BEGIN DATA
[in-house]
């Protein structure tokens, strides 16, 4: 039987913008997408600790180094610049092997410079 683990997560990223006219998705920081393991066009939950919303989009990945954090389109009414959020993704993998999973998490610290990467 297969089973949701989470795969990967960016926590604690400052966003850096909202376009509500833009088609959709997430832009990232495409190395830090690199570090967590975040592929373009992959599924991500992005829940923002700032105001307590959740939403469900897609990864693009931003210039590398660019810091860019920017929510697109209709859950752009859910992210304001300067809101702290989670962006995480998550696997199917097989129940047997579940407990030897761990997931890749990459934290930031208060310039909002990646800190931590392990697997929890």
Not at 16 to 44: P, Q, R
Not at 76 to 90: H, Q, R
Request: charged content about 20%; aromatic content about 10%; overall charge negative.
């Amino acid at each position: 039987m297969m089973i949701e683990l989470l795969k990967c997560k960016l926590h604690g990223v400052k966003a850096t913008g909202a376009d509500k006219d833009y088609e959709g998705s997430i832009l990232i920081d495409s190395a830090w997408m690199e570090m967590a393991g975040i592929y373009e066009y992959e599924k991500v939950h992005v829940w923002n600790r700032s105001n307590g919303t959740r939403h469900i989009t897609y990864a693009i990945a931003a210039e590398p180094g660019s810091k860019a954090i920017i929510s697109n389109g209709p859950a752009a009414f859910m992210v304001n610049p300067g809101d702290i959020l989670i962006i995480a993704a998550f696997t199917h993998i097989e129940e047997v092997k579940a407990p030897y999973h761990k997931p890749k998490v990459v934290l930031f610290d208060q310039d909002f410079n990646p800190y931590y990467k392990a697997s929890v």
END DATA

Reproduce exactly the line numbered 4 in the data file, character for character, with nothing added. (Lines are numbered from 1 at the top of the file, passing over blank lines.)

Not at 76 to 90: H, Q, R